Parathyroid Gland S2M1

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Author:
lancesadams
ID:
90764
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Parathyroid Gland S2M1
Updated:
2011-08-13 11:04:14
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Ross S2M1
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Physiology
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  1. What does the parathyroid gland arise from
    From endoderm of the 4th Pharyngeal arch for the superior glands, 3rd for the inferior
  2. What are the two cell types that the parathyroid is made up of
    • Principle chief cells (polygonal)
    • Oxyphil cells (larger cells with unknown function)
  3. How do chief cells respond to low Ca++
    Secrete PTH (Parathyroid hormone)
  4. What are the three main targets of PTH
    • Osteoblasts
    • Kidneys
    • Intestines
  5. What is the effect of PTH on Osteoblasts
    Osteoblasts release Osteoclast releasing factors triggering osteoclasts to resorb bone increasing Ca++ into the blood
  6. What is the effect of PTH on Kidneys
    • Increases Ca++ absorption
    • Decrease PO4 absorption
    • Cause formation of Vit D (calcitriol)
  7. What is the effect of PTH on the intestines
    Promotes intestinal absorption of Ca++ via Vit D
  8. High Ca+ has what effect on calcitonin
    Stimulates
  9. Where does the majority of body calcium end up
    Bones
  10. In what ways can calcium be found in the blood stream
    • Bound to plasma proteins
    • Bound to extracellular anions (citrate, phophate, ect.)
    • Free calcium - ionized and difussible
  11. What is the functional calcium in the blood stream that is used for diagnostic testing
    Ionized (free calcium) which makes up 50% of the plasma calcium
  12. What is the pathway for inhibition of PTH release from Chief cells
    • High Ca+ in the blood binds Ca+ receptors
    • G-protein activated
    • IP3 releases Ca+ from the ER
    • Ca+ inhibits the release of PTH from intracellular vesicles
  13. How are Ca and Phosphate related
    They have an inverse relationship
  14. How are Calcitonin and PTH related
    They are inversly related with PTH being high in Hypocalcemia and Calcitonin absent, the opposite is true in Hypercalcemia
  15. 25-hydroxy cholecalciferol
    Modified version of Vit D that is converted to 1,25 Vit D (active form of Vit D) in the kidney upon binding of PTH
  16. D3
    Active form of Vit D
  17. What happens to D3 after being made in the kidney
    It goes to the intestines to increase Ca+ absorption
  18. What inhibits the formation of PTH in the Parathyroids
    • High plasma Ca+
    • Calcitriol (Vit D3)
  19. What are the different names for acitvated Vit D
    • D3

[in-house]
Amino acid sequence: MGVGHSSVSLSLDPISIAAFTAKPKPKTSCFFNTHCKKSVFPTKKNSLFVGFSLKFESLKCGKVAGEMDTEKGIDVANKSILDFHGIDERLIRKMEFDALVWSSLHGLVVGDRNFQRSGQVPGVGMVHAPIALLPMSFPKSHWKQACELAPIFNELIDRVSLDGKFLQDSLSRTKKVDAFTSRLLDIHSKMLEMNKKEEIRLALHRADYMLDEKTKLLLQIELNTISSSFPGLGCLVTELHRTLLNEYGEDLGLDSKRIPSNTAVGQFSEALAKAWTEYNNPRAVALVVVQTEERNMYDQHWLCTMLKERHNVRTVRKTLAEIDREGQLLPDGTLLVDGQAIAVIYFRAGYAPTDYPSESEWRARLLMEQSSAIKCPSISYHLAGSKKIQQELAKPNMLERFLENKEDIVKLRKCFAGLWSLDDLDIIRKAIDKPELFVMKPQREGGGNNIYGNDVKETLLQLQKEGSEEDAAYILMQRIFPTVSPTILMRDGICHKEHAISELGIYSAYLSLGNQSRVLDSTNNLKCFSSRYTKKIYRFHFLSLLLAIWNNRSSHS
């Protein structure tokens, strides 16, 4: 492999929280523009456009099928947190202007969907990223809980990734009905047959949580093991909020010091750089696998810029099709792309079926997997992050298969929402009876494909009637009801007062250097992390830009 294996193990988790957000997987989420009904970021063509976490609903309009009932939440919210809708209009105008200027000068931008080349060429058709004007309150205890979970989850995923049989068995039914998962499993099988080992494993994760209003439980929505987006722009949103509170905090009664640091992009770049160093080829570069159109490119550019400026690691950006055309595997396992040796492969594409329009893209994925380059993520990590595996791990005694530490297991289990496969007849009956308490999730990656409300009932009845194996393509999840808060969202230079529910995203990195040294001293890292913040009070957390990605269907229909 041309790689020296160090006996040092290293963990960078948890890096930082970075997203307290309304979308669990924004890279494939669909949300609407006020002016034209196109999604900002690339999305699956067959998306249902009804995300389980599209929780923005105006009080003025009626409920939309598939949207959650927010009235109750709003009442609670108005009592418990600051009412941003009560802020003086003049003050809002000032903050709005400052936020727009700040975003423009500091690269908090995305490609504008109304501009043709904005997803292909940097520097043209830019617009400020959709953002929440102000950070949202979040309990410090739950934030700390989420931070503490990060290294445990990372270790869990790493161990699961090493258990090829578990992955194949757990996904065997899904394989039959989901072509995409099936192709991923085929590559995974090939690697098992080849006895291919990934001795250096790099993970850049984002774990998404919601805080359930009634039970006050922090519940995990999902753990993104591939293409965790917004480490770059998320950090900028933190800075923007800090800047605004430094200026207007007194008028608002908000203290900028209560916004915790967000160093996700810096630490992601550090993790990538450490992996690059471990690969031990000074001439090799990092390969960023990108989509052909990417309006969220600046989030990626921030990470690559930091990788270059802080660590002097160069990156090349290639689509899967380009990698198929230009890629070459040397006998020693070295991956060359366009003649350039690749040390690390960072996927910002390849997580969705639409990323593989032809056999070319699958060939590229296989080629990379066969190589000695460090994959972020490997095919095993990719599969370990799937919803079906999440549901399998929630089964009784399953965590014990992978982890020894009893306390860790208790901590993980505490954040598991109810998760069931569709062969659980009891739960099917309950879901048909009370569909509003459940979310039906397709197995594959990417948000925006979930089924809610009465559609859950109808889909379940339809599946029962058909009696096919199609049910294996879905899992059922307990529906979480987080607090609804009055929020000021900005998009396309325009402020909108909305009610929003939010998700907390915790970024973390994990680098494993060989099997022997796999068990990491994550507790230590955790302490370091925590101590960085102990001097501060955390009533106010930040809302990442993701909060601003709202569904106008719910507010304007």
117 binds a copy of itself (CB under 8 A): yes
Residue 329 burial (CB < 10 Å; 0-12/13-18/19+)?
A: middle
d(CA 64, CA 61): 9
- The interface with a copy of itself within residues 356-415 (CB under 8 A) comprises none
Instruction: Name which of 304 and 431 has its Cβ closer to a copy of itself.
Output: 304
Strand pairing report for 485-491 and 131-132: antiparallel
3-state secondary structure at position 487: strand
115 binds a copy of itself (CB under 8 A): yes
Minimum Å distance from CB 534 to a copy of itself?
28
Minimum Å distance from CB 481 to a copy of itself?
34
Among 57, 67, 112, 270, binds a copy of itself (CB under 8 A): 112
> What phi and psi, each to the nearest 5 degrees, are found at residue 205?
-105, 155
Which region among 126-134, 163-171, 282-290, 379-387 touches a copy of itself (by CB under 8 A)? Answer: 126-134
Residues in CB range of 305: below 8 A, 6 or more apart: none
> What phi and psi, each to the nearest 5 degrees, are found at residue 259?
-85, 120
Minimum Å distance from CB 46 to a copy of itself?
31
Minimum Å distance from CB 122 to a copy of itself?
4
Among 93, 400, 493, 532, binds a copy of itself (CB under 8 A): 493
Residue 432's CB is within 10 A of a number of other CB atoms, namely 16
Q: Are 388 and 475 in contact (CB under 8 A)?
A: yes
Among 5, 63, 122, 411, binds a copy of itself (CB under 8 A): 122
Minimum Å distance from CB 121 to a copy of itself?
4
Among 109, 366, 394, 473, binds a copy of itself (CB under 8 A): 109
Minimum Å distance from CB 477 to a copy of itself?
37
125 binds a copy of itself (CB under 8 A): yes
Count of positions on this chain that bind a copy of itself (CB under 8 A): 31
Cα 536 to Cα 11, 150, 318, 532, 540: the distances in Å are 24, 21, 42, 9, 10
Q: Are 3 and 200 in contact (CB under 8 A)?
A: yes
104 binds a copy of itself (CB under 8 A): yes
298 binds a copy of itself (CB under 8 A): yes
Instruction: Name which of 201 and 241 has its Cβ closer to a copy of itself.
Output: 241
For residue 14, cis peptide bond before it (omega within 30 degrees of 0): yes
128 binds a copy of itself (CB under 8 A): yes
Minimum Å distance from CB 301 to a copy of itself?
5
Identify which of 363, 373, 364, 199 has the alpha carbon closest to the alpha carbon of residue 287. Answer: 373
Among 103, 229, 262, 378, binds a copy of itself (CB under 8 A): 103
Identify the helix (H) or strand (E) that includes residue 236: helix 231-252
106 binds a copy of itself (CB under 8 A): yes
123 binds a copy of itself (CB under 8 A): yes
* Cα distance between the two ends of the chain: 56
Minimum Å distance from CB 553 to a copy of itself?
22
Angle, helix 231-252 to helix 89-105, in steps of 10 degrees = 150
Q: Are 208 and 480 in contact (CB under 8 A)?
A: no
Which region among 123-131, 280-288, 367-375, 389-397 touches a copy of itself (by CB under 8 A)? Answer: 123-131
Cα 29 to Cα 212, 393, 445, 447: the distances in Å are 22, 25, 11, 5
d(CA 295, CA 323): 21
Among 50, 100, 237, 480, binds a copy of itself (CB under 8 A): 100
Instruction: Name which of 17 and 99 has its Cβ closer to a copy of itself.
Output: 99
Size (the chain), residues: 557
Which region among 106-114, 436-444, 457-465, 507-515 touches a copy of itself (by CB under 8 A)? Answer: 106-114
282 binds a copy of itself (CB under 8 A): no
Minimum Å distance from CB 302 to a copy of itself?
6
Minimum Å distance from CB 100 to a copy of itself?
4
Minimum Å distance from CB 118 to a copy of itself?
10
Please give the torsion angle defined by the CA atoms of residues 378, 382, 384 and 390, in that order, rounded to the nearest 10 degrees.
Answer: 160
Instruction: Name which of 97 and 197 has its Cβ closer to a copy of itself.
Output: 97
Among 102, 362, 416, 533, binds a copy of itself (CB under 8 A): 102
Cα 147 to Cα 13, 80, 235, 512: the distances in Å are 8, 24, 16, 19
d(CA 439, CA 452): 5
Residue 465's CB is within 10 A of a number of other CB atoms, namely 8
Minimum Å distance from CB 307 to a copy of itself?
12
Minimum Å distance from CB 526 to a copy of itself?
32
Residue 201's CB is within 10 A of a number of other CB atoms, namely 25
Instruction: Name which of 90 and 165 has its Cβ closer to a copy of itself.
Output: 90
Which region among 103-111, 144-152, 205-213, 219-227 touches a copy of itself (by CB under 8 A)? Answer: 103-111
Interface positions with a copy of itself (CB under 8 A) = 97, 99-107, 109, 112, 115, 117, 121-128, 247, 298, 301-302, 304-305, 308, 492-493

• Calcitriol
    • 1,25-dihydroxy cholecalciferol
  20. Calcitonin is made by
    Parafollicular cells of the Thyroid gland
  21. How does Calcitonin release relate to Ca+ release
    Calcitonin release is directly proportional to plasma Ca+ (Ca+high=Calcitonin release)
  22. What is the function of Calcitonin
    • Inhibits osteoclast activity
    • Inhibits osteoclast formation
    • Minor role inhibiting absorption of Ca+ and Phosphorus in the kindeys
    • Overall reduces plasma calcium
  23. What is the main transporter for Vit D
    Vitamin D binding protein
  24. What triggers the breakdown of Vit D3
    • PO4
    • High levels of Vit D3
    • (PTH triggers its synthesis)
  25. Low PO4 in ECF triggers what actions
    • - Increase in Ca+ > Low PTH > Increase PO4 reabsorption in Kidney
    • - Increase in Vit D3 > Increase in PO4 uptake in GI tract
    • (Overall increase in PO4 in the ECF)
  26. What effect does Vit D3 (Calcitriol) have on the bones
    It triggers bone resorption increasing Ca+ in the plasma
  27. What effects do Androgens and Estrogens have on Bones
    They cause bone resorption and Osteoporosis
  28. What are the effects of Thyroid hormones, Prolactin, and Cortisol on Ca+
    • Thyroid hormones cause bone resorption
    • Prolactin causes reabsorption of Ca+ in Kidneys
    • Cortisol causes bone resorption and bone synthesis
  29. Teriparatide & Cinacalcet are what type of drugs
    Parathyroid related drugs
  30. What are the two different Vitamin D supplements
    • Cholecalciferol D3
    • Ergocalciferol D2 (Plant form)
  31. How can obesity effect Vit D
    Vit D can get sequestered in fat, trapped from the bodies ability to utilize it
  32. What is the primary therapeutic use of Calcitriol
    • Used during renal failure when the body is unable to produce it
    • It is also used to treat hypoparathyroidism
  33. Cinacalcet
    • This drug sensitizes the Ca+ receptors response decreasing the release on PTH
    • Cin-Ca-lcet
    • "Cinsitizes Ca receptors"
  34. For what conditions is Cinacalcet used to treat
    • Secondary Hyperparathyroidism (in renal disease)
    • Primary Hyperparathyroidism
    • Sometimes parathyroid carcinoma
  35. What are the adverse affects of Cinacalcet
    • Hypocalcemia
    • Possible cardiac effects
  36. What are the Calcium regulating drugs used to suppress high bone turnover
    • Teriparatide
    • Calcitonin
  37. Teriparatide is used to treat
    Osteoporosis by blocking the action of bone resorption

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